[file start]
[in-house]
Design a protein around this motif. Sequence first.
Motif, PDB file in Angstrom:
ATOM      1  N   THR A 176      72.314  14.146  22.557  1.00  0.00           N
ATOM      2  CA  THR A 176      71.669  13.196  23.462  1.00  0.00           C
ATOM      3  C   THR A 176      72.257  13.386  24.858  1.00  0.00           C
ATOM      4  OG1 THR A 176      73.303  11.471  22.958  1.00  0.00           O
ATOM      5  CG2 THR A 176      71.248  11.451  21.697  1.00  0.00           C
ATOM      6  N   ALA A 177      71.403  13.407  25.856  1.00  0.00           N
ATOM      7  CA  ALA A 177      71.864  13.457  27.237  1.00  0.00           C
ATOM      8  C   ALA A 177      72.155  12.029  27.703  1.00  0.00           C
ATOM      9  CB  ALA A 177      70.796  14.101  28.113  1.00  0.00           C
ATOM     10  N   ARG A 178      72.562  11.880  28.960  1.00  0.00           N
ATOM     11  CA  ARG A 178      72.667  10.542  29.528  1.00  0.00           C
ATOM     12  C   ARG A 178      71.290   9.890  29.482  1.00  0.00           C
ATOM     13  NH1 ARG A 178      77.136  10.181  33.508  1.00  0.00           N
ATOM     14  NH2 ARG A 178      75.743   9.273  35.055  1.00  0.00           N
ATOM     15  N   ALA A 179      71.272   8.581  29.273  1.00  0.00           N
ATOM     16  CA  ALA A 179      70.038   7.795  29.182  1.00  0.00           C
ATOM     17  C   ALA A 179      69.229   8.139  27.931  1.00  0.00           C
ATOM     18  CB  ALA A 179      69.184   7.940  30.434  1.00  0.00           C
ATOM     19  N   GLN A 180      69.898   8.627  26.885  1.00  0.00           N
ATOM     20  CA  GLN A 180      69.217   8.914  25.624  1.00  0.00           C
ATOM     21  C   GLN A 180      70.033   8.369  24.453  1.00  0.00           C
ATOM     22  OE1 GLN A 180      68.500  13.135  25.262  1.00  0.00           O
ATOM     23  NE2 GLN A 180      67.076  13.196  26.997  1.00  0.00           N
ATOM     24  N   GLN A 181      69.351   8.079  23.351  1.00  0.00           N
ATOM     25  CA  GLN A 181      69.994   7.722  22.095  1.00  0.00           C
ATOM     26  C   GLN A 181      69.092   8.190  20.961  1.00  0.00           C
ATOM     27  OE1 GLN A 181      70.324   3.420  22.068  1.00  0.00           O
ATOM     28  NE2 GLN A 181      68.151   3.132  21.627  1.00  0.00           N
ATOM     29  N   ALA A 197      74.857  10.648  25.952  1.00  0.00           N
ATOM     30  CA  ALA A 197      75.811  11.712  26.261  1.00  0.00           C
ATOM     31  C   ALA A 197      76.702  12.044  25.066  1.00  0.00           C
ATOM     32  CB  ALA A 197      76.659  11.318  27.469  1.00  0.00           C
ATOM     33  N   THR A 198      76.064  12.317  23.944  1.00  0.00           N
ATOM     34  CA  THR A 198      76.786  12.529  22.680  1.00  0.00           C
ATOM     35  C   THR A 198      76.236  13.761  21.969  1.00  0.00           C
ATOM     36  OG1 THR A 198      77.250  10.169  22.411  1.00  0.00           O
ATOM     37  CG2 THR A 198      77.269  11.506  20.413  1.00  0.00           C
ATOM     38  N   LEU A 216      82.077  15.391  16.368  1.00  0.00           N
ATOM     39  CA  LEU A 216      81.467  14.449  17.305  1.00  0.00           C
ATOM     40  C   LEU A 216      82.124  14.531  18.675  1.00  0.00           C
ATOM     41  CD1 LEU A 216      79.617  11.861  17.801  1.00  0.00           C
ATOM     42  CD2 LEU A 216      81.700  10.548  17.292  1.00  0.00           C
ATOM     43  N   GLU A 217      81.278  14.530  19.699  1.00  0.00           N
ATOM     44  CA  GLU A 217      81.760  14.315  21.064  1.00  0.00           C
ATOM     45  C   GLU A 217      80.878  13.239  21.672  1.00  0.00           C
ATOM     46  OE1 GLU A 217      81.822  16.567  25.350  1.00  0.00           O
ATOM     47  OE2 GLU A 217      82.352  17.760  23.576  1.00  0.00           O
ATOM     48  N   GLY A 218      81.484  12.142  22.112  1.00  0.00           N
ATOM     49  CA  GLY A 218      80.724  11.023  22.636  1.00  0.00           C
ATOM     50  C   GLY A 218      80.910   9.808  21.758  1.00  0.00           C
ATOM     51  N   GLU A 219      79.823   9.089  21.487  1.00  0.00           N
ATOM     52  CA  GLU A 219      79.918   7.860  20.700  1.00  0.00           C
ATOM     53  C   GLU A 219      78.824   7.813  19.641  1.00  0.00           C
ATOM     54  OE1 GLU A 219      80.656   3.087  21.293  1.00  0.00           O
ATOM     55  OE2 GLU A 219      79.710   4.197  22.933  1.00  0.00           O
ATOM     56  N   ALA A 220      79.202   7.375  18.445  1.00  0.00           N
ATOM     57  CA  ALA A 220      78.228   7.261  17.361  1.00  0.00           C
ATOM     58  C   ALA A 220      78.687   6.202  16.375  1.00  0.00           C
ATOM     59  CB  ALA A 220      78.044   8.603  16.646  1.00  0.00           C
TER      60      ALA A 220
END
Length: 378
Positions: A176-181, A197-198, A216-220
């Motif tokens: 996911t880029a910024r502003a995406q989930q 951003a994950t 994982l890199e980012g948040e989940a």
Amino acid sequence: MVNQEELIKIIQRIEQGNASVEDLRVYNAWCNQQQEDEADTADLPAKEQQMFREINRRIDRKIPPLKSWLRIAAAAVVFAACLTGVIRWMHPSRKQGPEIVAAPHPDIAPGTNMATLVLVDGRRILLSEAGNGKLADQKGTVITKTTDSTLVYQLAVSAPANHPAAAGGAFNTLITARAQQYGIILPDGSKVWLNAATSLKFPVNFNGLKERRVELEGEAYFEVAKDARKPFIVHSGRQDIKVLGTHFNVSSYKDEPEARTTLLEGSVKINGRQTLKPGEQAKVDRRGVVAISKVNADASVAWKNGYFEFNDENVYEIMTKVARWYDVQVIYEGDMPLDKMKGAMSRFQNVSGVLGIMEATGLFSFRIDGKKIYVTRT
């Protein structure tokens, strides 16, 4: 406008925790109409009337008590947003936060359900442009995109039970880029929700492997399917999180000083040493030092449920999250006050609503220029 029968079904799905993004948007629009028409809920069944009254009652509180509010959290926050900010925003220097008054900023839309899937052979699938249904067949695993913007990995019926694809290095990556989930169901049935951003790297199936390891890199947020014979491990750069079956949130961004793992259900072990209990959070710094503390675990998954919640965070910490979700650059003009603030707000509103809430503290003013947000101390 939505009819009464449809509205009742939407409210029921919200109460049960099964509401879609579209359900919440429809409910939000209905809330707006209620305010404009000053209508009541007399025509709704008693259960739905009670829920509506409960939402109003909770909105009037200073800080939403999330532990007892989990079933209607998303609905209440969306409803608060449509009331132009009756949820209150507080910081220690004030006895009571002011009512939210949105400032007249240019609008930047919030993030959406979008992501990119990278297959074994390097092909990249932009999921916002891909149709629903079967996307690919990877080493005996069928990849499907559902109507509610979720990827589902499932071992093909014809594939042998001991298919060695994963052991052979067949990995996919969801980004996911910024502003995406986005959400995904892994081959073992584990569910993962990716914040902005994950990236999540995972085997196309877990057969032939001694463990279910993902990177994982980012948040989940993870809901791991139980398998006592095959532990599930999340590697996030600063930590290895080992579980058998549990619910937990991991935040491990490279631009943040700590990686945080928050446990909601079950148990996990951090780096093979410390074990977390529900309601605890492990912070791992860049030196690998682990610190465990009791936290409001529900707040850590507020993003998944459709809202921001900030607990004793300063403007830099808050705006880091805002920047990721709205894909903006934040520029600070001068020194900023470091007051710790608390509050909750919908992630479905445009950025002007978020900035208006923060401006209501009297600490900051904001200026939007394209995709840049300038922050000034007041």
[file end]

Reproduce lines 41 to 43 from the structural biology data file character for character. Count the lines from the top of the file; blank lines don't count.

ATOM     38  N   LEU A 216      82.077  15.391  16.368  1.00  0.00           N
ATOM     39  CA  LEU A 216      81.467  14.449  17.305  1.00  0.00           C
ATOM     40  C   LEU A 216      82.124  14.531  18.675  1.00  0.00           C